The company's main selling point is that it has built a vast database of genome sequences, which it has annotated with metadata gathered both from customer surveys and the published literature.  Its business model, then, is not so different from that of Google, except that the data it trades in are of a different sort.  Rather than compiling an ever larger database of email, instant messages, and search histories to more powerfully target advertising, it collects sequence and meta-data to produce ever more powerful assessments of what your DNA says about who you are, where you come from, and what (health risks) might lie in your future. The more people order the company's "spit test" (pictured above), the bigger the database becomes, and the more detailed and accurate its statistical assessment of your genetic risk factors will be.

In its official warning letter, the FDA made a number of interesting points, but let me just take on two of these in particular.

The first is broadly ontological, and it concerns the question of whether 23andMe falls under the agency's regulatory purview. In order to claim the authority to regulate its business practices, the FDA argues that 23andMe constitutes a medical device manufacturer.  This is somewhat surprising, since the spit test merely purports to reveal the information already encoded in your genome.  As such, it is rather different from interventionist machines like endoscopes and other things we normally think of as medical devices.  Does the FDA's letter therefore imply that anyone offering to look at your back and check for moles, say, is also peddling a medical device?

The answer is "no."  The reason, regulators claim, is that 23andMe does more than just sequence its customer's DNA.  It also interprets those sequences, using its vast database to provide you with a statistical assessment of your risk factor for developing certain diseases.

And it is precisely these interpretations that has the FDA worried. This is because, in theory at least, these interpretations could be riddled with false positives or negatives. Imagine, for example, mistakenly being told you have a 75% chance of developing breast cancer. This might prompt you to have a preventative and, in this case, wholly unnecessary mastectomy. Or imagine the alternative: erroneously being told you have a low risk factor for developing breast cancer. This might cause you to forgo routine checkups, with potentially disastrous consequences.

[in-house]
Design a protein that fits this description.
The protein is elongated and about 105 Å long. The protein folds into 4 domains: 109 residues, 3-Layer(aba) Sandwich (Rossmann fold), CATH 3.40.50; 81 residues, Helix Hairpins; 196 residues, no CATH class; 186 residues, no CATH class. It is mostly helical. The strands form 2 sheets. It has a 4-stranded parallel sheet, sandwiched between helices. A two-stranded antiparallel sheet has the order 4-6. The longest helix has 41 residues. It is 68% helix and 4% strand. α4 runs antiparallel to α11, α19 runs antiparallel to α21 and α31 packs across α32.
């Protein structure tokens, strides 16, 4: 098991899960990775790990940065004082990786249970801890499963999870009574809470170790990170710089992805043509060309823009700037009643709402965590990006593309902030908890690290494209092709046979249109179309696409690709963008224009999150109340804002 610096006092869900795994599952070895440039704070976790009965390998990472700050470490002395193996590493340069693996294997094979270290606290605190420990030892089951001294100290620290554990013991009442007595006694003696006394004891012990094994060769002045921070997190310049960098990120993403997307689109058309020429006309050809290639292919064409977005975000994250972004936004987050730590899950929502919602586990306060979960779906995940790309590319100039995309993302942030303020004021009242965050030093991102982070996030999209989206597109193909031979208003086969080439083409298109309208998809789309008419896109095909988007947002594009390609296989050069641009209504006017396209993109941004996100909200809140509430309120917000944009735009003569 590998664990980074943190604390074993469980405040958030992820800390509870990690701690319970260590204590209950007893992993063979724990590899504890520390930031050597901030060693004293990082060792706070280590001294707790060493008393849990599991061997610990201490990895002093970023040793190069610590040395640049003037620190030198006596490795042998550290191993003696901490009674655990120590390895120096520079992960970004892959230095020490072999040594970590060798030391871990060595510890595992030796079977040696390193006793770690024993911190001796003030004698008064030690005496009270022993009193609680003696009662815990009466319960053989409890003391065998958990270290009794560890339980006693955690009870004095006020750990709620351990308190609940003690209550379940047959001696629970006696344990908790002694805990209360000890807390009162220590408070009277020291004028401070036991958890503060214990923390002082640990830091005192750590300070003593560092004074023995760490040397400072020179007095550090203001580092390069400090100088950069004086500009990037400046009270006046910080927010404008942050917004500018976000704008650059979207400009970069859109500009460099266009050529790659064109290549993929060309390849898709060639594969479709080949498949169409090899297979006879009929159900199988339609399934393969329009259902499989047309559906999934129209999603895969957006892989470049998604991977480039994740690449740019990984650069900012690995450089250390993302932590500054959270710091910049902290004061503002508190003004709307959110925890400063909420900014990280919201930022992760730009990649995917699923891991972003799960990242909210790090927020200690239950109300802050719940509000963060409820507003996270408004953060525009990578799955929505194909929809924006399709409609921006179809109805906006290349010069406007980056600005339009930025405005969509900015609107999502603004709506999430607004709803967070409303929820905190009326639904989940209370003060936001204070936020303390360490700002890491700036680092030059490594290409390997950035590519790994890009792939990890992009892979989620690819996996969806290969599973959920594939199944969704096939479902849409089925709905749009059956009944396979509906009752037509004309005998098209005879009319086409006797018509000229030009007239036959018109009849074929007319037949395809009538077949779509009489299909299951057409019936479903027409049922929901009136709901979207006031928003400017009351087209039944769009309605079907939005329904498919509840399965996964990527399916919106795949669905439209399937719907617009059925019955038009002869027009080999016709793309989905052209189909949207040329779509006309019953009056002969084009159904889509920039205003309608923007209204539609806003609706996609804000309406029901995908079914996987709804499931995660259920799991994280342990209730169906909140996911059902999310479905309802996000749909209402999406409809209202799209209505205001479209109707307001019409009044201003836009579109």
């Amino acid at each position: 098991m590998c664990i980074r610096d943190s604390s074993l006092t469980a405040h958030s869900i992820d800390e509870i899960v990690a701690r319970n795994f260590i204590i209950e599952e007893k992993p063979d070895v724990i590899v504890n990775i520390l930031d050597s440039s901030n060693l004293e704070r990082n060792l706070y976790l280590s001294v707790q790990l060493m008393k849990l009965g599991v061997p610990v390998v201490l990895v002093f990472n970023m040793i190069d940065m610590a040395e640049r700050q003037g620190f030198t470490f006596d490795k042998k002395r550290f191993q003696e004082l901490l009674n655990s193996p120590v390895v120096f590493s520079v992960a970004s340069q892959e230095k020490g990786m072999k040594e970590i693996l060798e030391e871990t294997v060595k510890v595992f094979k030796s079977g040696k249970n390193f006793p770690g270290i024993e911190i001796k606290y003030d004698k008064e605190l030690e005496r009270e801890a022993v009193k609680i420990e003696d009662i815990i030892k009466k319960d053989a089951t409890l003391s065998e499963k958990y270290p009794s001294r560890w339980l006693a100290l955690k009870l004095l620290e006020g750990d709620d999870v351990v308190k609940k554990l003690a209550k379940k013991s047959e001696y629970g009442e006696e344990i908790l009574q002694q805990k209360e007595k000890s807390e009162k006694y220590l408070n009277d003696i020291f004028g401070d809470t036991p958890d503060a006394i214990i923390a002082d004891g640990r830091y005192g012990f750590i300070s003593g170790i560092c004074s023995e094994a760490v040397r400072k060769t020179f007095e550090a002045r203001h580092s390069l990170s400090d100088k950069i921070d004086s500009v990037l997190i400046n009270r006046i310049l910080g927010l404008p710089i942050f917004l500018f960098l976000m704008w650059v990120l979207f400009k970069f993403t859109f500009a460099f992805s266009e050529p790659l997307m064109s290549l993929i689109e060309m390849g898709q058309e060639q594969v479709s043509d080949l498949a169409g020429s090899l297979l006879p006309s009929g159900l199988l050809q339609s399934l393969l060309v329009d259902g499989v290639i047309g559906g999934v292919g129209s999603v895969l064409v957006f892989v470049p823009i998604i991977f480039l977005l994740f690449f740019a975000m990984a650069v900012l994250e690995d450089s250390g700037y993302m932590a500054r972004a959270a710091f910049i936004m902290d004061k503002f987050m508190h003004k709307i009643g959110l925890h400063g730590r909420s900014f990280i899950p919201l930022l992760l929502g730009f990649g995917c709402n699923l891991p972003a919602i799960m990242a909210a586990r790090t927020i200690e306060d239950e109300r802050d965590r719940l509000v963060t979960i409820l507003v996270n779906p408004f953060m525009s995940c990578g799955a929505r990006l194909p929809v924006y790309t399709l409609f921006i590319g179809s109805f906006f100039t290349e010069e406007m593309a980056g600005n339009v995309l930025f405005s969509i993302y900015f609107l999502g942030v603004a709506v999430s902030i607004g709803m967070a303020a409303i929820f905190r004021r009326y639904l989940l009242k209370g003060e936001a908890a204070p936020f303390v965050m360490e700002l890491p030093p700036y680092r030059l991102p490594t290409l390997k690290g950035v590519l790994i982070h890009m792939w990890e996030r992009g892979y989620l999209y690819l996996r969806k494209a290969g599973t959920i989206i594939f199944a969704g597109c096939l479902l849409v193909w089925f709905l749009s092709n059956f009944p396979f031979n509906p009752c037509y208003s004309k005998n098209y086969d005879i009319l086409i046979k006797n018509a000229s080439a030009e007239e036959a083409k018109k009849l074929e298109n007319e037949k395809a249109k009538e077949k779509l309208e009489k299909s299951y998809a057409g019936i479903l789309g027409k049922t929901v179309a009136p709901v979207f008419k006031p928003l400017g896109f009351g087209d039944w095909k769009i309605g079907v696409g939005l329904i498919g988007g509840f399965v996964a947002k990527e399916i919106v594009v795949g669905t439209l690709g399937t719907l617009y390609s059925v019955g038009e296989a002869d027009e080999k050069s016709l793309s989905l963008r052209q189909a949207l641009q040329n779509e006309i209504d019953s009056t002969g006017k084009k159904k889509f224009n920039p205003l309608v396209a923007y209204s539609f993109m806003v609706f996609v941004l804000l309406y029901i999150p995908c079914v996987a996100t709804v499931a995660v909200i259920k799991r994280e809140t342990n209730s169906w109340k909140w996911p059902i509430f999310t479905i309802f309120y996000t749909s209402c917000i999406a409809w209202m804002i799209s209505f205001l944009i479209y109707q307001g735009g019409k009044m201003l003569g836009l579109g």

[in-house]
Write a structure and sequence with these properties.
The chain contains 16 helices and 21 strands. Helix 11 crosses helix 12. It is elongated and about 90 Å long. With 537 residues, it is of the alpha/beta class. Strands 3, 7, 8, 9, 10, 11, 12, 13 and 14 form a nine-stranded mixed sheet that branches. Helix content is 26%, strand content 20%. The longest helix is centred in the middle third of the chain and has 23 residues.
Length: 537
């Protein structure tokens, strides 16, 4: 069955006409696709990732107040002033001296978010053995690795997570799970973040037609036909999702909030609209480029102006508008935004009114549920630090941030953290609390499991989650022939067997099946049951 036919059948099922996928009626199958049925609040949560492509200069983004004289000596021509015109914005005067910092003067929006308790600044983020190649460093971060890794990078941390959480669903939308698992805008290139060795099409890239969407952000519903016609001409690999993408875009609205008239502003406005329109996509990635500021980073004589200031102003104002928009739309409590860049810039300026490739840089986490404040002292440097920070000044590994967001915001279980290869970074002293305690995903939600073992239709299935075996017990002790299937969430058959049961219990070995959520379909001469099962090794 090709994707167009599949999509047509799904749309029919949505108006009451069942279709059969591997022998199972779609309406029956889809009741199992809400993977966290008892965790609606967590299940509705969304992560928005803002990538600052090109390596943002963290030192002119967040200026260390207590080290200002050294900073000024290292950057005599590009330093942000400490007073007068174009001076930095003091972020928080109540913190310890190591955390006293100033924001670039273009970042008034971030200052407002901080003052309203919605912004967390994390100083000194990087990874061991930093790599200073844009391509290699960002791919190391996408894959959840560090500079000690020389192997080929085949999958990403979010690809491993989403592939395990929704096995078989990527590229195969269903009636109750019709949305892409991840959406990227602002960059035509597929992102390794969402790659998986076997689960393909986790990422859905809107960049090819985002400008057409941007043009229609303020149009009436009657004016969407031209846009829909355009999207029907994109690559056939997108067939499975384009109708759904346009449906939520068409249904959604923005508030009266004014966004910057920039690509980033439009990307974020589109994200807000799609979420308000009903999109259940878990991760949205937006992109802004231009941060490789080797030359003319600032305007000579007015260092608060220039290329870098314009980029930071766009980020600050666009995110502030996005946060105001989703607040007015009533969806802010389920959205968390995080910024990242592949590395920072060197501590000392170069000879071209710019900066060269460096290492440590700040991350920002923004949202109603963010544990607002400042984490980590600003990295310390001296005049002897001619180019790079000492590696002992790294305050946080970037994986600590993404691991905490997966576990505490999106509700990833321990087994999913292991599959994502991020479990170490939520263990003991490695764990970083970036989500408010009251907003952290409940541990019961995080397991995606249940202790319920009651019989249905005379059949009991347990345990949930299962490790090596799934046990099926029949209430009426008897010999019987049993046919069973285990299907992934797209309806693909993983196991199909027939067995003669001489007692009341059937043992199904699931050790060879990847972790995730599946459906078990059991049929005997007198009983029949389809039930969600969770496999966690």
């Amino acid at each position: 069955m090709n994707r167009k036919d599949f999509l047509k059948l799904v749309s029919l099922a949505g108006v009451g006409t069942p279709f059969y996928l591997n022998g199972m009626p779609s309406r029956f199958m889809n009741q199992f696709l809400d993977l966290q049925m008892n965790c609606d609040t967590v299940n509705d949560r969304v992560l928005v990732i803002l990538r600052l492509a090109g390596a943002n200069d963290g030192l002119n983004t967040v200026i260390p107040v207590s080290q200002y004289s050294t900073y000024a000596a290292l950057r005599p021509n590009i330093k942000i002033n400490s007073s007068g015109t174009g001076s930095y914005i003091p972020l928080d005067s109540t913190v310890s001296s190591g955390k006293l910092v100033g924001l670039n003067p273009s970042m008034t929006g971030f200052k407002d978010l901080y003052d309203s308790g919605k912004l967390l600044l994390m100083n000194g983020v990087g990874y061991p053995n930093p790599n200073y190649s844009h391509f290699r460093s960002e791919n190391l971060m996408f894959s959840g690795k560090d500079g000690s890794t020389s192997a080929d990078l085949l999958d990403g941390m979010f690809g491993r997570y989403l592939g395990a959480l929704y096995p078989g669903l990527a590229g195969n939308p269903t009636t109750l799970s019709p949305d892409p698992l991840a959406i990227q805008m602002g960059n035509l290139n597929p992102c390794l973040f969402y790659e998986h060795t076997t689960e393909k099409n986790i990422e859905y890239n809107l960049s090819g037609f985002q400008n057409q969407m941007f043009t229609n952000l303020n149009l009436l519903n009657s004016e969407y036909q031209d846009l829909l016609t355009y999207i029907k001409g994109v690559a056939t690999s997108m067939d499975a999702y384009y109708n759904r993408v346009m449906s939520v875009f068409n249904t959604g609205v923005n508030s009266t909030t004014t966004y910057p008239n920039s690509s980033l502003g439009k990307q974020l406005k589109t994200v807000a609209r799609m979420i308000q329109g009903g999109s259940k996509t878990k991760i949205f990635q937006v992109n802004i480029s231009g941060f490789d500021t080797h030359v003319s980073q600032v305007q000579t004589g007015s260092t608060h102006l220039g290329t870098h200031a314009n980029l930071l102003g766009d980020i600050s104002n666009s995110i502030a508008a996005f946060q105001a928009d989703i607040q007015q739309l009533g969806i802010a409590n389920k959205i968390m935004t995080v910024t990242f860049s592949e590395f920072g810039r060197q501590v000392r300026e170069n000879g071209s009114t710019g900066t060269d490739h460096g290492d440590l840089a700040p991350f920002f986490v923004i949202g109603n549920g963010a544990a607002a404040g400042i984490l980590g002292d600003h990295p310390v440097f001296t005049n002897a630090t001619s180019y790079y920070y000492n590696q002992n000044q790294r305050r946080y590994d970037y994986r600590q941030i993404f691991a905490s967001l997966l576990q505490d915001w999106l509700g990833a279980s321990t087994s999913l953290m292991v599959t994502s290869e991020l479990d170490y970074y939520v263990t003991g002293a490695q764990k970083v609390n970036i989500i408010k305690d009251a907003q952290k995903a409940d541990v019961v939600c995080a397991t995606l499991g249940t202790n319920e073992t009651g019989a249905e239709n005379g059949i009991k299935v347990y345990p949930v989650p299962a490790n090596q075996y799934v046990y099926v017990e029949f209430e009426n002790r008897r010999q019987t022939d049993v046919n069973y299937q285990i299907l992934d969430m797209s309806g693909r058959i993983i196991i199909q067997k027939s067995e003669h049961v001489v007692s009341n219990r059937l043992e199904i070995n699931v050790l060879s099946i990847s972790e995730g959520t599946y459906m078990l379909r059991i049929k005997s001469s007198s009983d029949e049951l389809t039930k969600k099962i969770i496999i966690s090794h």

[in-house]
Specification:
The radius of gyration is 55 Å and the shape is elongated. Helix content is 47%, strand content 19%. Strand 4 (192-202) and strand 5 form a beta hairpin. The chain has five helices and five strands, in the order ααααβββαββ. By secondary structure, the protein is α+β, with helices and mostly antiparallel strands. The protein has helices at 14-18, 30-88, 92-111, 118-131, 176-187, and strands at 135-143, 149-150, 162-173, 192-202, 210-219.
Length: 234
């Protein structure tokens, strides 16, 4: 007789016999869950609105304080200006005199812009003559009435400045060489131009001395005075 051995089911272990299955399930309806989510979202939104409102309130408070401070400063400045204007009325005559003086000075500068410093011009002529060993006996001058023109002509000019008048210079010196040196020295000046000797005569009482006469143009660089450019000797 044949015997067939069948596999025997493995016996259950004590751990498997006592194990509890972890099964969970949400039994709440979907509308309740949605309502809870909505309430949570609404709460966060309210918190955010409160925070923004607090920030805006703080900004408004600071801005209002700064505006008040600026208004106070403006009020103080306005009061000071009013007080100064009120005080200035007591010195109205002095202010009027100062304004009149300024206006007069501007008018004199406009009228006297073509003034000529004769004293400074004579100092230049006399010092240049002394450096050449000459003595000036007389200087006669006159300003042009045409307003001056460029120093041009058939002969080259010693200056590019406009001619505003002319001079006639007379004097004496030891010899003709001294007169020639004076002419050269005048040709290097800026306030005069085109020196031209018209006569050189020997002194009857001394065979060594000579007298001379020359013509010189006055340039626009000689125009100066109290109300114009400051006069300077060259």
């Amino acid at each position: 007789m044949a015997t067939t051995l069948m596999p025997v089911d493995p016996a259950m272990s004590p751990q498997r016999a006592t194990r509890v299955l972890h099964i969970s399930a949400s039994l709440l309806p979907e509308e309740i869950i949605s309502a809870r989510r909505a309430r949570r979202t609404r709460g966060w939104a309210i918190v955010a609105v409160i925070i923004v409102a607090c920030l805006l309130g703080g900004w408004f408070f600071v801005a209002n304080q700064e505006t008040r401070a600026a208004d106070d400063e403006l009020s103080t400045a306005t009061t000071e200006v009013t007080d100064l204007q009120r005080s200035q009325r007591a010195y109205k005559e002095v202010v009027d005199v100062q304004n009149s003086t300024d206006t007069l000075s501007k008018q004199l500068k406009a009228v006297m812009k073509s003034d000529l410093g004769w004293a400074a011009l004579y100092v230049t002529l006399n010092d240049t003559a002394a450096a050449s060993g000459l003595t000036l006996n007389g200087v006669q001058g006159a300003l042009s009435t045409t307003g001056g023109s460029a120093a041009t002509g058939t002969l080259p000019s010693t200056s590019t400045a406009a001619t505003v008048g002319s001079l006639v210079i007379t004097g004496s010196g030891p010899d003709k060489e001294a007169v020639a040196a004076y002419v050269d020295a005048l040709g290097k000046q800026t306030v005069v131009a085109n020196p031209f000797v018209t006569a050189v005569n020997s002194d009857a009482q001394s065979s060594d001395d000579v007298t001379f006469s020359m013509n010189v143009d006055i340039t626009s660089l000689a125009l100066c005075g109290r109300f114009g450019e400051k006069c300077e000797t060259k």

The real problem, according to the FDA, is that 23andMe does not have any solid evidence that it's statistical analysis are, well, statistically sound.  As the FDA's letter to Wojcicki states, "even after these many interactions with 23andMe, we still do not have any assurance that the firm has analytically or clinically validated the PGS for its intended uses."

What's at root in the disagreement here might be more than meets the eye.  Although I cannot say so with certainty, I have a strong suspicion that what the FDA is really objecting to here is the use of big data techniques in biomedicine. Traditionally, if a company wants to bring a certain pharmaceutical or medical device to market, it is expected to conduct extensive clinical trials. In so doing, there might not be an expectation that every aspect of the drug or device's mechanism of action is fully known. However, there would at least be clinical or experimental data to support its safety and efficacy.

But these are precisely the kinds of data that big data will not produce. That is, big data companies like Google and 23andMe are in the business of data analysis, not data production. They expect their users to generate the data themselves.  All that they do is to devise techniques (algorithms) with which to draw conclusions from those data.

If I'm right, there is a fundamental epistemic rift between the FDA and 23andMe. What's at stake in this rift, moreover, is no less than the question of whether big data approaches can legitimately be exported from scientific research and internet marketing to clinical medicine!

Friday, November 15, 2013

Science in the Streets

Science in the Streets:
A free public engagement event from the History of Science Society
Thursday, Nov 21, 3-6 pm, Boston Convention & Exhibition Center




[I have asked Conevery Bolton Valencius, who teaches at UMass Boston, to write a guest post about an event she is helping to organize at this year's HSS.  Many readers of this blog are interested in popular science & science popularization, and I urge everyone to join us for what promises to be a fascinating discussion!]

Current newspaper headlines make clear how anti-science and science-illiterate many Americans are, at least about some political issues.  But there are effective and interesting efforts going on all around to engage people in the workings and the wonderings of science.  Further, historians of science are doing a lot of that work – and sometimes have particular insight about what is new or very old about rhythms of scientific skepticism or scientific enthusiasm. 

At next week’s annual conference of the History of Science Society, we’ll explore some of the most exciting current efforts to engage the public in scientific research and scientific education – and we’ll reflect on how historians of science are contributing to those efforts.

The HSS conference opens with Science in the Streets, a free, all-ages public event at Boston Convention & Exhibition Center (on the Silver Line!), Room 253C on Thursday, November 21, 2013 from 3-6pm.

To find out more, continue reading after the jump.